(11)?Maintenance of register— Every company giving loan or giving a guarantee or providing security or making an acquisition shall keep a register which shall contain such particulars and shall be maintained in such manner as may be prescribed. Following are some important points relating to maintenance of the register :

(i) The company shall, from the date of its incorporation, maintain a register in Form MBP 2 and enter therein separately, the particulars of loans and guarantees given, securities provided and acquisitions made.

(ii) The entries in the register shall be made chronologically in respect of each such transaction within 7 days of making such loan or giving guarantee or providing security or making acquisition.

(iii) The register shall be kept in the custody of the Company Secretary of the company or any other person authorised by the Board for the purpose.

(iv) The register can be maintained either manually or in electronic mode.

(v) The entries in the register (either manual or electronic) shall be authenticated by the Company Secretary of the company or by any other person authorised by the Board of Directors for the purpose.

(12) Inspection and extracts of the register—The register maintained under Section 186 of the Act shall be kept at the registered office of the company. Such register shall be open to inspection at such office. The extracts of the register may be taken therefrom by any member, and copies thereof may be furnished to any member of the company on payment of such fees.

(13) Non-applicability of the provisions—The provisions of Section 186 of the Act (except the provisions relating to layers of investment companies) shall not apply: (i) to any loan made, any guarantee given or any security provided or any investment made by a banking company, or an insurance company, or a housing finance company in the ordinary course of its business, or a company established with the object of and engaged in the business of financing industrial enterprises, or of providing infrastructural facilities; (ii) to any investment made by an investment company, investment made in shares allotted in pursuance of rights issues; and  (iii) to any investment made in respect of investment or lending activities, by Non-Banking Finance Company (NBFC) registered the Reserve Bank of India (RBI) Act and whose principal business is acquisition of securities.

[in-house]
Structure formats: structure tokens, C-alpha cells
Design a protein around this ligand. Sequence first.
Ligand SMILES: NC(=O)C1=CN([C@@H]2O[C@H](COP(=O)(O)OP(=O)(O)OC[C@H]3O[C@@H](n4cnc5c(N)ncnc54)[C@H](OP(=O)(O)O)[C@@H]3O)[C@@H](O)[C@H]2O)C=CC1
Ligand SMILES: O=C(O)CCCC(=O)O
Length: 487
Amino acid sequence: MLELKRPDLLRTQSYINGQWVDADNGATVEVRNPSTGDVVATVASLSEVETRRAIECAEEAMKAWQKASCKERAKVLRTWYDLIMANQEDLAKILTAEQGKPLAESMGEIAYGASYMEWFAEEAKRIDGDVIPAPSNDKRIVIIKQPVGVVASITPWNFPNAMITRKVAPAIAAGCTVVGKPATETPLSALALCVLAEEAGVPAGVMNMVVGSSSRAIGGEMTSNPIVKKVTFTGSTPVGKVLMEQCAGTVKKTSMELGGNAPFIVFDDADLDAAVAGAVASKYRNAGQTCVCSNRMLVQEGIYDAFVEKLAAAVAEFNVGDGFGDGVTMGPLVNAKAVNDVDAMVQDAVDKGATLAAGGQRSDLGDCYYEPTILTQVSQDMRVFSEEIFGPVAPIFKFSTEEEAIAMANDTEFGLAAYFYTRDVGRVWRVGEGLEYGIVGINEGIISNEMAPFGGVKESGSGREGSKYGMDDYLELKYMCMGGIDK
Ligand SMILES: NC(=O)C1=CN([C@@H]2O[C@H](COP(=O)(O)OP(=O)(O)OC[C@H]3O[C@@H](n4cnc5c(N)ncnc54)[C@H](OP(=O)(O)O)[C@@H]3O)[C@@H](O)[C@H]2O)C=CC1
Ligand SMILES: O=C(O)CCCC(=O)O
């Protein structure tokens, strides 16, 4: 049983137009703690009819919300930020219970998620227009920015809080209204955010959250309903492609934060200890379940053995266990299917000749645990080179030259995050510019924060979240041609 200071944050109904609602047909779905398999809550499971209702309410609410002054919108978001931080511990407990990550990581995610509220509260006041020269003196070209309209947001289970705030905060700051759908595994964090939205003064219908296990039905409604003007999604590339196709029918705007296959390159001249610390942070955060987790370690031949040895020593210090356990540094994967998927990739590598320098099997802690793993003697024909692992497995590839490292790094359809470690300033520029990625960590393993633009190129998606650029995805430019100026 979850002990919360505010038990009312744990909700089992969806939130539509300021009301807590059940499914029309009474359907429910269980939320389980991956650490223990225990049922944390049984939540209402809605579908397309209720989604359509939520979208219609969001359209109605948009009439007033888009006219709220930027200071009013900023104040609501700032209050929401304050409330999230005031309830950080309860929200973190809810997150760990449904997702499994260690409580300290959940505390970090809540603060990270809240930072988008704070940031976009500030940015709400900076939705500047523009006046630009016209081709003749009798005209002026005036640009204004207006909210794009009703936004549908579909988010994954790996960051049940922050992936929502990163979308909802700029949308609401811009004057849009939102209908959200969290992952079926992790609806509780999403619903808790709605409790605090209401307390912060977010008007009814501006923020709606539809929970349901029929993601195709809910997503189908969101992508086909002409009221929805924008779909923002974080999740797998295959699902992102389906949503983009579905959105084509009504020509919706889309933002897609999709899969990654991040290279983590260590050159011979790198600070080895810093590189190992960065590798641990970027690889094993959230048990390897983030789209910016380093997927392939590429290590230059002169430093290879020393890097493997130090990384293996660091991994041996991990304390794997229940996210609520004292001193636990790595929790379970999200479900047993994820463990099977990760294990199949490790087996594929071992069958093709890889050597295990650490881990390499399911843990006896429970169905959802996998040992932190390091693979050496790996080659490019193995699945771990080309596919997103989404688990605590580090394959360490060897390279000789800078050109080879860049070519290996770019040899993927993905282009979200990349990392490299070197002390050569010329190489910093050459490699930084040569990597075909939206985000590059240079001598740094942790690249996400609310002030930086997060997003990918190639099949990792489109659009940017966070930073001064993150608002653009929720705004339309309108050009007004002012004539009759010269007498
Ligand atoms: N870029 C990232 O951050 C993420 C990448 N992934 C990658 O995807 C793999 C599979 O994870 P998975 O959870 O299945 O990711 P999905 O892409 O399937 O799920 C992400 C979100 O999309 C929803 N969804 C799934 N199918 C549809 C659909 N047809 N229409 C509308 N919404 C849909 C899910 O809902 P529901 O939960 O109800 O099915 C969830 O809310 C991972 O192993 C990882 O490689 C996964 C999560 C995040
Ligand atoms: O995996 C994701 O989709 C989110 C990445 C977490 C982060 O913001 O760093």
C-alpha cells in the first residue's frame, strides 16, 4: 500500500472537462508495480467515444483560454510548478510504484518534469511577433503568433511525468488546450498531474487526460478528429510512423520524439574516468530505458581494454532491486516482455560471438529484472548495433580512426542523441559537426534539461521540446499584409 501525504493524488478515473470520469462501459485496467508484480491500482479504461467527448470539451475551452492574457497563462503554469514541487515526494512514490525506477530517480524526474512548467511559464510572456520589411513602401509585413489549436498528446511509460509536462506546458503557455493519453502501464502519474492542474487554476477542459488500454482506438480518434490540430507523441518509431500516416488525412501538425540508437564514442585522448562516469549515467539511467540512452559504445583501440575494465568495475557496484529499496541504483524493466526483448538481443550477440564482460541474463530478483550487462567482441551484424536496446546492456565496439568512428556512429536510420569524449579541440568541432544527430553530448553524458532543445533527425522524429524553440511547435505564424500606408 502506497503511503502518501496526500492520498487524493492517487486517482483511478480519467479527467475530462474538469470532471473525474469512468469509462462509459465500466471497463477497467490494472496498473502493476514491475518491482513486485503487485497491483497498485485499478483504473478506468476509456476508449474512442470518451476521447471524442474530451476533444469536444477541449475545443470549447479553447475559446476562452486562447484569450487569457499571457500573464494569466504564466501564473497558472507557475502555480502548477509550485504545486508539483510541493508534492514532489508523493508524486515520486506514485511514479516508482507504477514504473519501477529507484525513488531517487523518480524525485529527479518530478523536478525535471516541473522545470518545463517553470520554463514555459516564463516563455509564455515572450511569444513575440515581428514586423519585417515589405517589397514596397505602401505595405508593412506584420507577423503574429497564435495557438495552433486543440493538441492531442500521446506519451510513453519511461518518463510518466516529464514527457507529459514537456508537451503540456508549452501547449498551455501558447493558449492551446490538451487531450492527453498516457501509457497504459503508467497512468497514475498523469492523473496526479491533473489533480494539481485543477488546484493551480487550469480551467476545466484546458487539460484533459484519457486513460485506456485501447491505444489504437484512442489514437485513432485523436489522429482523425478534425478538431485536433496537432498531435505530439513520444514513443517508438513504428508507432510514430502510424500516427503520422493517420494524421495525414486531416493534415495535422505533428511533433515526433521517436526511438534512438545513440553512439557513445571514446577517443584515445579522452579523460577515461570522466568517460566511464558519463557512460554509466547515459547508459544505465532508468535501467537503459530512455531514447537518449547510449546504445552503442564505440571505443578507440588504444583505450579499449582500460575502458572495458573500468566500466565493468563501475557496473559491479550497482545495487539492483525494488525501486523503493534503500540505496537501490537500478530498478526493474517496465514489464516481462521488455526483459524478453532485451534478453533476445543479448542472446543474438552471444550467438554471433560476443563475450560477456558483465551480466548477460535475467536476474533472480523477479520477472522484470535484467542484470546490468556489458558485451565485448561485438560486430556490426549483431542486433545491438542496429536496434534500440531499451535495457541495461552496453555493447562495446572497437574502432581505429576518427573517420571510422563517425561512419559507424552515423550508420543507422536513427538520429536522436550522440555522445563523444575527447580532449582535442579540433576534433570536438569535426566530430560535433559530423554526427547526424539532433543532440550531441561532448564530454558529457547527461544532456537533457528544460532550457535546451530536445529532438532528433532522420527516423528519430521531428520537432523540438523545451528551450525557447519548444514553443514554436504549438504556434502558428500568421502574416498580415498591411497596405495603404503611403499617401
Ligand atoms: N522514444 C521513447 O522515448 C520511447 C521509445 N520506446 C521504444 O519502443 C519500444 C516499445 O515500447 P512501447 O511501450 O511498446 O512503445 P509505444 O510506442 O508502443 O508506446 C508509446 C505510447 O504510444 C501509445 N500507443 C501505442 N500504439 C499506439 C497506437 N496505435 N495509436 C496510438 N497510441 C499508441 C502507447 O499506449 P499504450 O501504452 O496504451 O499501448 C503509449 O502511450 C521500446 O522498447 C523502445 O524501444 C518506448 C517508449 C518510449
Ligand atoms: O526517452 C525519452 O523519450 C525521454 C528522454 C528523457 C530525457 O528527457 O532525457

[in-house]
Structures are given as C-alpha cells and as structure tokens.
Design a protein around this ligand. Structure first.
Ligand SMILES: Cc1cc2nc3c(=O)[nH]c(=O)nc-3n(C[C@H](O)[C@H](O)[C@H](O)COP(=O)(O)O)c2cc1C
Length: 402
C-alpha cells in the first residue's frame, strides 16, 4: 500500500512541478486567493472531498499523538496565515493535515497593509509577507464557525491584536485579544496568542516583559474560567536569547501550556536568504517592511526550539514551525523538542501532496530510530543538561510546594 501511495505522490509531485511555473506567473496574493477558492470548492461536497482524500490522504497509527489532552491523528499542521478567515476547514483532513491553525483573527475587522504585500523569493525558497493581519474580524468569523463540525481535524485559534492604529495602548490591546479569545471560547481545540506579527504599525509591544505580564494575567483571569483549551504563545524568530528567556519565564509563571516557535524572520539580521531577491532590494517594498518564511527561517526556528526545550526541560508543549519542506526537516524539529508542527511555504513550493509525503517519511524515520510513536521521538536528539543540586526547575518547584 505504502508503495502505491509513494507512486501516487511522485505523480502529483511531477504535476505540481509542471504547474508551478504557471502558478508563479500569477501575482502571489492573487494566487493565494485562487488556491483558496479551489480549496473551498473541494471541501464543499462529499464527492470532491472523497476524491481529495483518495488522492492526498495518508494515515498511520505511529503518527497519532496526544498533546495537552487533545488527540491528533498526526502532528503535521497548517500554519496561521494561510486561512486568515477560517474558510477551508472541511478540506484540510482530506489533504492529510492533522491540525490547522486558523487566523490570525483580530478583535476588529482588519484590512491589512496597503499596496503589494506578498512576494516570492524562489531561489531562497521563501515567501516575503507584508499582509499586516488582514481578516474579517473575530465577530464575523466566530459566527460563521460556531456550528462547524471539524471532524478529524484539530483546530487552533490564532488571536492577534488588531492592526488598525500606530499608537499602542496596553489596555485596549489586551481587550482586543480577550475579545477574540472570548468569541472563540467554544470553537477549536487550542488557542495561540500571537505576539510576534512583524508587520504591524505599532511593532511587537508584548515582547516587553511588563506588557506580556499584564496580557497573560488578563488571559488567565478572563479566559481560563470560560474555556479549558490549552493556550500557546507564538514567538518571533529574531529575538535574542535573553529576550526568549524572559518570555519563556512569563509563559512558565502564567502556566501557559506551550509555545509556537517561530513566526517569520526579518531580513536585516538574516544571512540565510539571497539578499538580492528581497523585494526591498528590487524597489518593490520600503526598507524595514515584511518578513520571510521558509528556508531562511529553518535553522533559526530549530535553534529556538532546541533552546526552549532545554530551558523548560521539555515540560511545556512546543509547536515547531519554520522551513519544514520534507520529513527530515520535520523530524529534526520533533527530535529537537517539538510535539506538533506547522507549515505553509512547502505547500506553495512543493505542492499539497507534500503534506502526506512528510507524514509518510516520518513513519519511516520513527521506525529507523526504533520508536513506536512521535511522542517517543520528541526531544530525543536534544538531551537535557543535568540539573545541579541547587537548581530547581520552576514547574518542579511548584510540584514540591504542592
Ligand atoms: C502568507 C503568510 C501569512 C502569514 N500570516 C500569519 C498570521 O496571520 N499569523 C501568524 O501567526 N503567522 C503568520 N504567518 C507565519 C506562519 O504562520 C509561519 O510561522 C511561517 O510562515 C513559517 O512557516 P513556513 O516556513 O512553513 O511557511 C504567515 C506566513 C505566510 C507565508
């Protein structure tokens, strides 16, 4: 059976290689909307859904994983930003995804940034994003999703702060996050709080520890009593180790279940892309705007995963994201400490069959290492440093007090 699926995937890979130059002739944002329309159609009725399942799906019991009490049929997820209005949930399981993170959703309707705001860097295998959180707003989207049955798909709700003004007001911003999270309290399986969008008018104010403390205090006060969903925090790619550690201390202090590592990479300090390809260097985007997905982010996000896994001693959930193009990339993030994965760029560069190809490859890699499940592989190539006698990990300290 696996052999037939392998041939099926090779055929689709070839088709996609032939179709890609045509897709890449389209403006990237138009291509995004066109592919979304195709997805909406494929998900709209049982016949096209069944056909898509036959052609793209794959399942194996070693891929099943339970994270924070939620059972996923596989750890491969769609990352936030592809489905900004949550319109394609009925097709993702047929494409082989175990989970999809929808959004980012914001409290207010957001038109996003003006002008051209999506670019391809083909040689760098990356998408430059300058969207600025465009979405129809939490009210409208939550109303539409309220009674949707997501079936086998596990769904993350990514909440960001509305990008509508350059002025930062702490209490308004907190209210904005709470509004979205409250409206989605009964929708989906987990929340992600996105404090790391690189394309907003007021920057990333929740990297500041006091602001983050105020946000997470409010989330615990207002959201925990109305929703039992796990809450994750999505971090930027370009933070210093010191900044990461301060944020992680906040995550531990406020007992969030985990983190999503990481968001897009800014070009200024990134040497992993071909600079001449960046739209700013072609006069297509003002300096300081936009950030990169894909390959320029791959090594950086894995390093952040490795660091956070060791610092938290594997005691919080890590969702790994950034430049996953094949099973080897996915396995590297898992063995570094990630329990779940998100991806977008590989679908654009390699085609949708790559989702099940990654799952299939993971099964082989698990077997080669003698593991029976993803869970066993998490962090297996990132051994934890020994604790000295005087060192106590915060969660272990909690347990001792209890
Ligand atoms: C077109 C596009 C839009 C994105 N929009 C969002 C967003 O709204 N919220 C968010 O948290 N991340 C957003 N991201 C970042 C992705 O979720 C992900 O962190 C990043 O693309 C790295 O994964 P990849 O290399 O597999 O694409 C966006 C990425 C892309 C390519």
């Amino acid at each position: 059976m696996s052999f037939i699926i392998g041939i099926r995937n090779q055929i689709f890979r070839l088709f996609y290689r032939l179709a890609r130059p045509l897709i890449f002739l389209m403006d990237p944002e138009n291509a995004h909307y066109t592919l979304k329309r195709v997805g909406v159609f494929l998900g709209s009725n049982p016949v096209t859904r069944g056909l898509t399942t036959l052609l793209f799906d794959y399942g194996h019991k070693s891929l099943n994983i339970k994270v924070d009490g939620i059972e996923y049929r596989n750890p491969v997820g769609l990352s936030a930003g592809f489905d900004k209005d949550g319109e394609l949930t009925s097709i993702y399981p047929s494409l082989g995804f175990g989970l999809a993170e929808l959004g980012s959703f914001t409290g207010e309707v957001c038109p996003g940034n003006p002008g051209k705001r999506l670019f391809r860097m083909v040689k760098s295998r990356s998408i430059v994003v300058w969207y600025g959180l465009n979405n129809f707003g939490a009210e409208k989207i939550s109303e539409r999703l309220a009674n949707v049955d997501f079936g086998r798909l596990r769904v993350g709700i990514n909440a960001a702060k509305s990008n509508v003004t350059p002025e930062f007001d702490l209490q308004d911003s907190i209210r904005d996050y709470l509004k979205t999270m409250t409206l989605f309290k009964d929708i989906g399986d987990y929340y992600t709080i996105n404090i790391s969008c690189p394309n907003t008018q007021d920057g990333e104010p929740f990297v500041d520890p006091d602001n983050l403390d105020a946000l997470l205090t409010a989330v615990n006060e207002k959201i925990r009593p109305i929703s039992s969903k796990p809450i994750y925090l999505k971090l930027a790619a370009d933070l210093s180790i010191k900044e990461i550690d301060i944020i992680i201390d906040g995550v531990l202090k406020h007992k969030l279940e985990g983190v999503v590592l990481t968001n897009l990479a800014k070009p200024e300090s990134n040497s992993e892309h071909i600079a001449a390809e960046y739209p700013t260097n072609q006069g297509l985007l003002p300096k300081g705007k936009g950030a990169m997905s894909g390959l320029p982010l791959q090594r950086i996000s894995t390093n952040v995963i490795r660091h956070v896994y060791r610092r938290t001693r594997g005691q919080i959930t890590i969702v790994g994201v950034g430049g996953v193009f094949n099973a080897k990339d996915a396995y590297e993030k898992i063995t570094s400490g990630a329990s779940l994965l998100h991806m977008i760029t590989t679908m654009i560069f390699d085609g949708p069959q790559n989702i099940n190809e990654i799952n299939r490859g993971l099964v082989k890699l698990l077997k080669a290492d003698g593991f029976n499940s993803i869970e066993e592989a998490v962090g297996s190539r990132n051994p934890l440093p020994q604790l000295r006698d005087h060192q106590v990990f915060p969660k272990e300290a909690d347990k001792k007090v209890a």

Gaurav N Pingle, Practising Company Secretary, Pune. He can be reached at gp@csgauravpingle.com

Case BriefsSupreme Court

Supreme Court: The Bench comprising of CJ Dipak Misra and AM Khanwilkar and Dr DY Chandrachud JJ., in an order gave huge relief after a long wait to the 135 homebuyers in Supertech’s controversial Emerald Court housing complex in Noida by directing the refund of their investments.

Supreme Court ordered Supertech to deposit the balance amount of Rs 15 crore with an additional Rs 1 crore as interest in two tranches. Supertech had earlier deposited Rs 20 crore.

Gaurav Agrawal amicus curiae informed that he held extensive discussions with homebuyers and 111 of them submitted affidavits agreeing to receive invested amounts with 12% simple interest per annum.

The Supreme Court Bench has directed to deposit the amount by 30-11-2018. The matter is to be listed in the second week of October 2018. [Supertech Limited v. Emerald Court Owner Resident Welfare Association, Special Leave to Appeal (C) No. 11959 of 2014, order dated 30-07-2018]